On Monday I ventured out of the sleepy quiet cocoon that is Speightstown for a trip into Bridgetown, by bus.
I’d read the information in the guide book, and this had been reinforced by a friend who lives locally: there are two kinds of buses: blue, government run ones, which operate broadly to a timetable and stop only at predesignated stops and have moderately careful drivers, and then there are the yellow ones, to which none of those descriptions apply.
So when I walked to the bus station in Speightstown I had every intention of taking a blue bus, but as I was approaching, a young man leant out of the yellow vehicle and encouraged me to ‘get on quick’. It seemed like too good an invitation to forgo.
The radio blared from speakers somewhere in the front of the bus; music tracks with insistent beats and incomprehensible lyrics, but with which the young woman across the aisle from me sang along quite happily most of the way, and loud shouty interventions from the DJ which were clearly amusing to those who understood them. The radio had to be loud to be audible above the straining roar of the bus engine.
As well as the driver, the crew included two men, one who took the B$2 fare from each passenger, and the other who jumped off and on to help old ladies with packages to board and descend, as well as banged on the roof to inform the driver it was safe to move off.
I began to wonder at the dire warnings I had heard about the reckless speed of the yellow buses, when for the first quarter of an hour the driver never moved above a screaming first gear. It was a few minutes later that I realised a possible explanation was that he was eating his lunch from a polystyrene container on his lap, and he needed his gear changing hand for the fork.
By the time we reached Hole Town (so named, I understand, because there used to be a hole there), his lunch was finished and we were flying along, until slower vehicles in front necessitated the sharp application of the brakes. A few miles further along the coast we came to the end of a traffic jam. Both the money collector and the door guard jumped off the bus, one flagged down an oncoming truck, presumably to ask the cause of the holdup, while the other ran on ahead up the hill and around the bend to look for himself. The bus driver stepped down into the road and lit a cigarette.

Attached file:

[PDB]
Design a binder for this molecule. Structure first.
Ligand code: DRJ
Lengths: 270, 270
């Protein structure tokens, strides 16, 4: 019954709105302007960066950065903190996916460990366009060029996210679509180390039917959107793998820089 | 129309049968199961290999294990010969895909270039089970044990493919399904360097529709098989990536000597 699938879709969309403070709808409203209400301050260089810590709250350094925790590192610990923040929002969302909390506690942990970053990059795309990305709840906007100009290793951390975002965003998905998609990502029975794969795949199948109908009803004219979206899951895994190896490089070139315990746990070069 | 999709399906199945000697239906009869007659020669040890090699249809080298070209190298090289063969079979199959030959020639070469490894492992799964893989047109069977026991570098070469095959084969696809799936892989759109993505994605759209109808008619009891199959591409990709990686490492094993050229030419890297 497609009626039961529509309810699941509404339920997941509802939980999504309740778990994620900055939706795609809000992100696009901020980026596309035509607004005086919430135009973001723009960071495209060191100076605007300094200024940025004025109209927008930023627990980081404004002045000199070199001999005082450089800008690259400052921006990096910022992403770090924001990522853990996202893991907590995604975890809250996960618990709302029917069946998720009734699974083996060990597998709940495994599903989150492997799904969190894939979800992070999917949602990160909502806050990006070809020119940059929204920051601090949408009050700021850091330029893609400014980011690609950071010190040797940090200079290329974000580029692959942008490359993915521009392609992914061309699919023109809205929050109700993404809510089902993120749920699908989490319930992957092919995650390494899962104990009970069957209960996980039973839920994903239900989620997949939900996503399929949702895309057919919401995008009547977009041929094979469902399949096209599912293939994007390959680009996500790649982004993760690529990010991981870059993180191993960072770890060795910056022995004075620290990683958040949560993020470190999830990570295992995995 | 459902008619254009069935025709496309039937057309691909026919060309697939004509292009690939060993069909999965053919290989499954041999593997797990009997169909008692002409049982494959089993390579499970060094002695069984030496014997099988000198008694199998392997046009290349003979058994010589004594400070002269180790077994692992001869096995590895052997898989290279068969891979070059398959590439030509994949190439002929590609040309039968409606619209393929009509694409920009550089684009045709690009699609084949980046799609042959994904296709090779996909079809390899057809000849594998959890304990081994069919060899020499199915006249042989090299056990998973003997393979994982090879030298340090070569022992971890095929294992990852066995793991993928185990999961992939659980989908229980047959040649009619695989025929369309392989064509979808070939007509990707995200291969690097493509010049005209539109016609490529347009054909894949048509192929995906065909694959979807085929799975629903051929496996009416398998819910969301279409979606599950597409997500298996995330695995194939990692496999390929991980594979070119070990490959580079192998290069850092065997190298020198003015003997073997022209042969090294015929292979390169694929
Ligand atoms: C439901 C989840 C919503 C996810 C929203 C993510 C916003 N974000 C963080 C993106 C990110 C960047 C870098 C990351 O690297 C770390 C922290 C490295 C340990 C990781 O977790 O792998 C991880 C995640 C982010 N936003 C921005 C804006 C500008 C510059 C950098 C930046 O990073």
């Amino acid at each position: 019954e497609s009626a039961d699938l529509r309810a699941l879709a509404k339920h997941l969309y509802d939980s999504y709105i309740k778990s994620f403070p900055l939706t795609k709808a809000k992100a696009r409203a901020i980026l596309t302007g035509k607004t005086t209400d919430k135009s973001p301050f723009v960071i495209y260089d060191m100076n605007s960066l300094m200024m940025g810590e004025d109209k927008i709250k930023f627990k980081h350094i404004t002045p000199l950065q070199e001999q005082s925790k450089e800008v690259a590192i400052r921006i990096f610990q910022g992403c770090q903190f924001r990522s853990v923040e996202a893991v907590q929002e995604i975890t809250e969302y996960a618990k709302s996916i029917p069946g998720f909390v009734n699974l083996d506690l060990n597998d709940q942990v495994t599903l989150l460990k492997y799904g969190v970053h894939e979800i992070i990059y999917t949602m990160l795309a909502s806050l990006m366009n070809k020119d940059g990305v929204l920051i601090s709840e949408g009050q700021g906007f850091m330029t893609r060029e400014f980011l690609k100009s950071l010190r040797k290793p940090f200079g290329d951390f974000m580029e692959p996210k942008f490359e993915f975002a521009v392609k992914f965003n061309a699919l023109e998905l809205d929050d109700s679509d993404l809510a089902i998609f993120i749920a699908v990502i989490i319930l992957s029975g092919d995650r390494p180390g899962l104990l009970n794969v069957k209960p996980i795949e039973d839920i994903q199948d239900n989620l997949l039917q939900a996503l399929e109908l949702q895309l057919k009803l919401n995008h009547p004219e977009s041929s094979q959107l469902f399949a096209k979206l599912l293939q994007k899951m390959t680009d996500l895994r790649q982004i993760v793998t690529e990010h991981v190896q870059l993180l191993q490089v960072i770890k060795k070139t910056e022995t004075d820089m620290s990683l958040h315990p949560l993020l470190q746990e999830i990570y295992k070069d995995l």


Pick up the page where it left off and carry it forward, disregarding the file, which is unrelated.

Many of the cars in front of us were doing U-turns, and space opened up in front of us. Amid much hooting of horns (essential here it seems before any vehicular manoeuvre) we were overtaken by a minibus taxi. The crew ran back to their places and we roared up the hill again, to the cause of the jam: a bend on the road where two lorries appeared to be in some kind of stand off, perhaps broken down in the inconvenient spot, perhaps just after a glancing collision, I couldn’t tell. There was however a small gap between them. A gap, it transpired, that was about 6 inches wider than the bus I was in.
We drove up onto the pavement with two great lurching bumps, ger-dung ger-dung, to get the right angle of approach through the gap, and then down again, ger-ding, ger-dung, remarkably, without hitting either of the stalled vehicles, or the lamp post. Every passenger was watching out of the nearest window, and only when we were through, with nary a couple of inches of clearance on my side of the bus, did everyone return to the study of their mobile telephones.
And then, oh the thrill of the open road in front of him, and the driver made full use of all the gears and full depression of the accelerator.
I got off the bus when everyone else did, not really very sure of where I was, but very quickly orientated myself in the centre of Bridgetown. And just a little surprised to see Lord Nelson in such a prominent position, albeit tempered by the Chefette in the background…….